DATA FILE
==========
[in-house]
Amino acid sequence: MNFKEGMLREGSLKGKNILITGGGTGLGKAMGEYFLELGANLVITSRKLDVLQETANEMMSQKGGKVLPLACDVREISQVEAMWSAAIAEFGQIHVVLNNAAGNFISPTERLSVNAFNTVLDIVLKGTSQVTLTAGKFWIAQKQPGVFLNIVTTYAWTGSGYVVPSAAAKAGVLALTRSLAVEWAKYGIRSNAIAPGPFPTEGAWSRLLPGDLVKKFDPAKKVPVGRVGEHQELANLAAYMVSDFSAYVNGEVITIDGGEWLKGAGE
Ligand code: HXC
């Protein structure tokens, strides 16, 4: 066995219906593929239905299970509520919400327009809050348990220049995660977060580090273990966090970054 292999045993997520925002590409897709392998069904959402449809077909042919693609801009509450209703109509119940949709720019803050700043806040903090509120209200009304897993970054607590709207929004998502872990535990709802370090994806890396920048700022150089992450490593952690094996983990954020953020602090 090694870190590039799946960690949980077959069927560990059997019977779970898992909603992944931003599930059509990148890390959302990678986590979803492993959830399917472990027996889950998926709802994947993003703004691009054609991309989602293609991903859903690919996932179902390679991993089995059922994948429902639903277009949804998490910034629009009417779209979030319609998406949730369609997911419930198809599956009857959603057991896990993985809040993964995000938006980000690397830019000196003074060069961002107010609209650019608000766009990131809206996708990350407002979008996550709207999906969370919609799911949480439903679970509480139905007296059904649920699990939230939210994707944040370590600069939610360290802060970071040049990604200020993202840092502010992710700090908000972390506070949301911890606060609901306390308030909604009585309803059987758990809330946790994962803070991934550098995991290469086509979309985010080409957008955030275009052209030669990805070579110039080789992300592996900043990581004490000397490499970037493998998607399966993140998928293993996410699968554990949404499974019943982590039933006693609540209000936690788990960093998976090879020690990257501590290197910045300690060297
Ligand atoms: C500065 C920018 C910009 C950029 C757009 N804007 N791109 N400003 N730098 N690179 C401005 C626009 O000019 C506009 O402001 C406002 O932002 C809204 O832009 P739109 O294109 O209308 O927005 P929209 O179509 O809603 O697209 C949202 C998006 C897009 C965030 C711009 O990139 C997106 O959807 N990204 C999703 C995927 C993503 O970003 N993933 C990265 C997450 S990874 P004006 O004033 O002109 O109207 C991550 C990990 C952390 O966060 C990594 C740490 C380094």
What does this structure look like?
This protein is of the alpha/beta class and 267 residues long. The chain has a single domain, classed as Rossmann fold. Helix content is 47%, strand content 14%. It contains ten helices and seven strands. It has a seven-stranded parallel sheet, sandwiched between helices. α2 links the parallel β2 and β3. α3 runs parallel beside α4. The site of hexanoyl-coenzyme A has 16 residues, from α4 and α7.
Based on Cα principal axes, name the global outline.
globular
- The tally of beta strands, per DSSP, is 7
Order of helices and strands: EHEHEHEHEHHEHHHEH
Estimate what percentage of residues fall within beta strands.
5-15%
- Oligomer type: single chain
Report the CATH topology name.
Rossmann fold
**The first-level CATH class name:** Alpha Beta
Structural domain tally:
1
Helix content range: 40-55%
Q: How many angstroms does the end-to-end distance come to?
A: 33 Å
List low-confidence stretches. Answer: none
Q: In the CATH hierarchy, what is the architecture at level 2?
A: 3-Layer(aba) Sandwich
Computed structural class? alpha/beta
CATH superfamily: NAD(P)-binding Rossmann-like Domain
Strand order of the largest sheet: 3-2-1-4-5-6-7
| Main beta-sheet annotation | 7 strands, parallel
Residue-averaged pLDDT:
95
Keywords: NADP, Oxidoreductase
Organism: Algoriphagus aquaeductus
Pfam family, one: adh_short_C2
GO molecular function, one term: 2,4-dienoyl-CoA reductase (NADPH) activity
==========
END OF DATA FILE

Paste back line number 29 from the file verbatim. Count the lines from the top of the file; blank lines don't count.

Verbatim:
| Main beta-sheet annotation | 7 strands, parallel